habitats.

    Other proposed measures that cut across agency lines represent cooperative efforts.

    1) Coordination procedures in the permit review process will be strengthened and integrated

    between TGLO, TNRCC, USFWS, NMFS, EPA, and USACOE. Procedures and guidelines dealing with

    restoration and mitigation projects should be reevaluated and redesigned where necessary to

    protect existing seagrass beds. 2) The will work with TPW to take

    formal action to establish other Coastal Preserve areas, possibly in the Coastal Bend area of Texas,

    to protect sensitive seagrass ecosystems from coastal development impacts. 3) TNRCC will

    coordinate with TPW and other resource agencies in order to promote consistency and effective-

    ness of regulatory, watershed management programs which protect coastal water quality and

    seagrass habitat.

    These efforts are seen as part of a holistic approach to seagrass conservation and are expected to

    be effective if implementation of high priority actions is accomplished within two years. It is the

    sponsors’ intent that additional implementation of identified strategies and actions would be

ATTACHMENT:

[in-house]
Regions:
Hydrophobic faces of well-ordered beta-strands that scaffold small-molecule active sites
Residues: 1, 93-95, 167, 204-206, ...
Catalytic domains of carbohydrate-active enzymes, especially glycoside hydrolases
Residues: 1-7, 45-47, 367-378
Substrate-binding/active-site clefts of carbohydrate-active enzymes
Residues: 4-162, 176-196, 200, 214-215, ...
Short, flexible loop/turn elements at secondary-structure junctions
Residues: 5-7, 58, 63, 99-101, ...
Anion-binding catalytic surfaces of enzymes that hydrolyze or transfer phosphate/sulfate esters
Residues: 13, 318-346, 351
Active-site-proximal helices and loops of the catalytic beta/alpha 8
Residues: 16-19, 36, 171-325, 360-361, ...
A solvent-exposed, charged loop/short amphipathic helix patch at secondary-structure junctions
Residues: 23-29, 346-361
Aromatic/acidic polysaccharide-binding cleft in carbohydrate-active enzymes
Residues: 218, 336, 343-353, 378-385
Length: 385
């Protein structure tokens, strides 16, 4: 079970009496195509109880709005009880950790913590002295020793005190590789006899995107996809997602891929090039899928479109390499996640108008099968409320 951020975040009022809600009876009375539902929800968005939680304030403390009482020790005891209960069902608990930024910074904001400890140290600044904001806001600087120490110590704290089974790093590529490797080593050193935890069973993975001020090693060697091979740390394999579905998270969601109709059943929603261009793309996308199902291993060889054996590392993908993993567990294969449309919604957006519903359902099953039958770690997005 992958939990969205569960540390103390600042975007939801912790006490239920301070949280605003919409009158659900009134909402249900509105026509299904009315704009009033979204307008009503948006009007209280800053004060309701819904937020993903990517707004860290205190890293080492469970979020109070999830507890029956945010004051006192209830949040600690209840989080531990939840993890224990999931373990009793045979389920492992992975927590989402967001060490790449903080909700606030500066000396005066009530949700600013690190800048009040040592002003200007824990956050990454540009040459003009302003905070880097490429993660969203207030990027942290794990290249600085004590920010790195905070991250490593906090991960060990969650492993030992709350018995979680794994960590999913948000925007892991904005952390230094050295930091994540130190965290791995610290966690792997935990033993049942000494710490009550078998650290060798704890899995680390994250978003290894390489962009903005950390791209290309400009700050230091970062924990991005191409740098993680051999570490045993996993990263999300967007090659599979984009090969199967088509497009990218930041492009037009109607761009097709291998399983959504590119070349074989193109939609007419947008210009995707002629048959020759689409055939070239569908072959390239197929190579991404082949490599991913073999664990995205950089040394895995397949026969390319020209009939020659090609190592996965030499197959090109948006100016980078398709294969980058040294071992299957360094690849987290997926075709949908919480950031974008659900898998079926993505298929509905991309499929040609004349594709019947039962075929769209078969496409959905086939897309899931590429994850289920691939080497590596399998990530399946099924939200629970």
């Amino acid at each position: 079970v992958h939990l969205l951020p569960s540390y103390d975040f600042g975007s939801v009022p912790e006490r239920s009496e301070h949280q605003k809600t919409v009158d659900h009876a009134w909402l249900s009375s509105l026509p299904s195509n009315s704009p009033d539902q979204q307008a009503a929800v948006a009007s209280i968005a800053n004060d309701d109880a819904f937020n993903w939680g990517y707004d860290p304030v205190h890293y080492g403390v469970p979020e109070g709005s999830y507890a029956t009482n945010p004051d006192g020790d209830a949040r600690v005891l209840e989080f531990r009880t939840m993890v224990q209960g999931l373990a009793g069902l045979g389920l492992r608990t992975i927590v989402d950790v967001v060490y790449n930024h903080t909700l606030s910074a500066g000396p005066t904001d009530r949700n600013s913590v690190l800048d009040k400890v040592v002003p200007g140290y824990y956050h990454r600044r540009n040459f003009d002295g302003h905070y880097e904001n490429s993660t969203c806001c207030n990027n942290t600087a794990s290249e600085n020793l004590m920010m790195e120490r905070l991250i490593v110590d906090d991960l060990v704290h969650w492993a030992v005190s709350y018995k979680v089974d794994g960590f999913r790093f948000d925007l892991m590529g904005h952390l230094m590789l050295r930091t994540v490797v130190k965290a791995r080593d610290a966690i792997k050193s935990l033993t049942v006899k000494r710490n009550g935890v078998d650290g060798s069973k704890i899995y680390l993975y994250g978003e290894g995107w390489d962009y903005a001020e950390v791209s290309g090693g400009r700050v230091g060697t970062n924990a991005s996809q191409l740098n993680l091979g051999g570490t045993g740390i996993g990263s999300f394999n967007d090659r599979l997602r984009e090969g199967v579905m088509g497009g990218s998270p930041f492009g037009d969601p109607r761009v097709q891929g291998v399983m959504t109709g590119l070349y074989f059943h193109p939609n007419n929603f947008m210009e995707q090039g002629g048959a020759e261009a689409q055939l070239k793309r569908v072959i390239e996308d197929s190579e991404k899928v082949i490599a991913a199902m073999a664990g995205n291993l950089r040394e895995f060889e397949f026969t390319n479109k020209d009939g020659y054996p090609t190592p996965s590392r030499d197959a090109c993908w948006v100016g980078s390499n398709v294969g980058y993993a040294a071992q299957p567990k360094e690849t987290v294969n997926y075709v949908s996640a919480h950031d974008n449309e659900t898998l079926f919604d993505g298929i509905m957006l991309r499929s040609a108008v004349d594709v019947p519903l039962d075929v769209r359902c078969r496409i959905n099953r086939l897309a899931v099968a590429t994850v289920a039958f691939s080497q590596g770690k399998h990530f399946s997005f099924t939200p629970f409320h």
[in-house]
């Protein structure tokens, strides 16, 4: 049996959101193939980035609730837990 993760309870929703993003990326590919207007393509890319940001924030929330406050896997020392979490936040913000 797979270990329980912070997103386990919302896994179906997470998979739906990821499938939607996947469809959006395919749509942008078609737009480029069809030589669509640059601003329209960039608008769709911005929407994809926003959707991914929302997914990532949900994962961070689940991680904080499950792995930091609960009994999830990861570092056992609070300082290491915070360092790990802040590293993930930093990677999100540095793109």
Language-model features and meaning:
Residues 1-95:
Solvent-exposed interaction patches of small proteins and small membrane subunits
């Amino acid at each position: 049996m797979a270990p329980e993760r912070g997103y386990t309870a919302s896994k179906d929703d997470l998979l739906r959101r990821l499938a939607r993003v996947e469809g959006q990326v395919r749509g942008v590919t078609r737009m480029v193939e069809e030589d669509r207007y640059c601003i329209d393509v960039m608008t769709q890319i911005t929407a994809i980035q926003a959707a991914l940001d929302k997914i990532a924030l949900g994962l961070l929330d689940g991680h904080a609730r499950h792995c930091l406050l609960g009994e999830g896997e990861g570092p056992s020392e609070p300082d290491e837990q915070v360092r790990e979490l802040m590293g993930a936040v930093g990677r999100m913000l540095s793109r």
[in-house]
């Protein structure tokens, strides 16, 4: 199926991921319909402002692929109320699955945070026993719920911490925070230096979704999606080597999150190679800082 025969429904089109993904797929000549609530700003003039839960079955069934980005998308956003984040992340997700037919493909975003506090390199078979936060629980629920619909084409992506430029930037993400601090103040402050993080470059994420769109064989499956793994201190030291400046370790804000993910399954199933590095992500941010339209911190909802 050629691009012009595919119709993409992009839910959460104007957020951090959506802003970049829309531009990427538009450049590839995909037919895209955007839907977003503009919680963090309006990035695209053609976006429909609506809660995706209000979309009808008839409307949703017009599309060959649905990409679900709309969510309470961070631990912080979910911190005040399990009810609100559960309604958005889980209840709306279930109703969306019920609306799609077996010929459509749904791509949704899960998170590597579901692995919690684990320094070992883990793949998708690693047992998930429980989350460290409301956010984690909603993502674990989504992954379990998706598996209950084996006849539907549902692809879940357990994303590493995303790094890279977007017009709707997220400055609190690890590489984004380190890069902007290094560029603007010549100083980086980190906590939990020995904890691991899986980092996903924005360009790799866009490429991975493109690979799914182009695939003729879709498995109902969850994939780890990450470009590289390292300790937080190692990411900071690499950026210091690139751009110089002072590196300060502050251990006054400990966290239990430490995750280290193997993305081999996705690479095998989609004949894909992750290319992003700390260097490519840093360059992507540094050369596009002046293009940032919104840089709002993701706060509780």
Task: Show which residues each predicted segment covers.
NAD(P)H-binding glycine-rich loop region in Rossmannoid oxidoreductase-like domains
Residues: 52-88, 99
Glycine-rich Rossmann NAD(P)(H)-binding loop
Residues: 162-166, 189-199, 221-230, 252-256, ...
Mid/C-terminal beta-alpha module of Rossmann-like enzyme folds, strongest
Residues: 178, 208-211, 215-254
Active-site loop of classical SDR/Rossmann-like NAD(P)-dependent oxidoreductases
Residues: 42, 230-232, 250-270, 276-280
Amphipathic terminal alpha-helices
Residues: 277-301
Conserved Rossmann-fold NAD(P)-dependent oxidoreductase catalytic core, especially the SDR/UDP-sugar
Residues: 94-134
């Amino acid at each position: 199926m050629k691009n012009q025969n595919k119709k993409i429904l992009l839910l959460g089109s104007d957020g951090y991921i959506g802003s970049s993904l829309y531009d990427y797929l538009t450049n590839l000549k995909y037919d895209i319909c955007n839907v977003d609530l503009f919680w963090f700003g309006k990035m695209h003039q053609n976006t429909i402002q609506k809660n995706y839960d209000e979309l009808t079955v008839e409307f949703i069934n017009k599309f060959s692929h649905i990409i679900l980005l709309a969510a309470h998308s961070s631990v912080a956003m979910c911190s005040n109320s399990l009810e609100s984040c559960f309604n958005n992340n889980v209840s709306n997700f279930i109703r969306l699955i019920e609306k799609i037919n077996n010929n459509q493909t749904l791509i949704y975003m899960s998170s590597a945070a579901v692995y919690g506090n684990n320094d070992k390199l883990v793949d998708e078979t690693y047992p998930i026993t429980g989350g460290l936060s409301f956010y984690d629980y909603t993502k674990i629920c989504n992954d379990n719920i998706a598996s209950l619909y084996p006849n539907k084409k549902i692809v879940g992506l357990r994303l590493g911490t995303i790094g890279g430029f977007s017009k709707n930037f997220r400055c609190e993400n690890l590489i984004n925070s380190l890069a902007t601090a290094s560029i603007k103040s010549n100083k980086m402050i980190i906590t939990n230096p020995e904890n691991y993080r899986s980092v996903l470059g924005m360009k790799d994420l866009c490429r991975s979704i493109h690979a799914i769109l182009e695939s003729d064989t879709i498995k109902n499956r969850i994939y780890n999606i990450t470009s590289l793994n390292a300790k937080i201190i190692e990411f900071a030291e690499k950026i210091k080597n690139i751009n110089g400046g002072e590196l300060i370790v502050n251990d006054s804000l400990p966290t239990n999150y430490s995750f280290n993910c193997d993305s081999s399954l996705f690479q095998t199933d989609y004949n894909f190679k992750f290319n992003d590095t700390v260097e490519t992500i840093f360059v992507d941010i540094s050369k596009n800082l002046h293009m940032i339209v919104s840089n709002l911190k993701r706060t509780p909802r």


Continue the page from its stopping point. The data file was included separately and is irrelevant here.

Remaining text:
attempted voluntarily by other groups, when appropriate opportunities arise. However, overall

    accomplishment of seagrass plan objectives will be achieved, only with the cooperative efforts of

    all parties. Texas’ natural resource agencies (TPW, TNRCC, and the TGLO) have jointly agreed to

    lead this effort. All are optimistic about the prospect of conserving one of Texas’ most valuable

    coastal resources.

    Effective January 1999.

  • ACKNOWLEDGMENTS

    EXECUTIVE SUMMARY

    CHAPTER 1. INTRODUCTION

    CHAPTER 2. RESEARCH ISSUES FOR TEXAS

    CHAPTER 3. MANAGEMENT ISSUES FOR TEXAS

    ................................................................................................................ 6

    ............................................................................................................... 8

    Status and Trends of Texas Seagrasses .................................................................................. 15

    Vision and Purpose of Seagrass Plan..................................................................................... 21

    History of Texas Seagrass Conservation Efforts ..................................................................... 23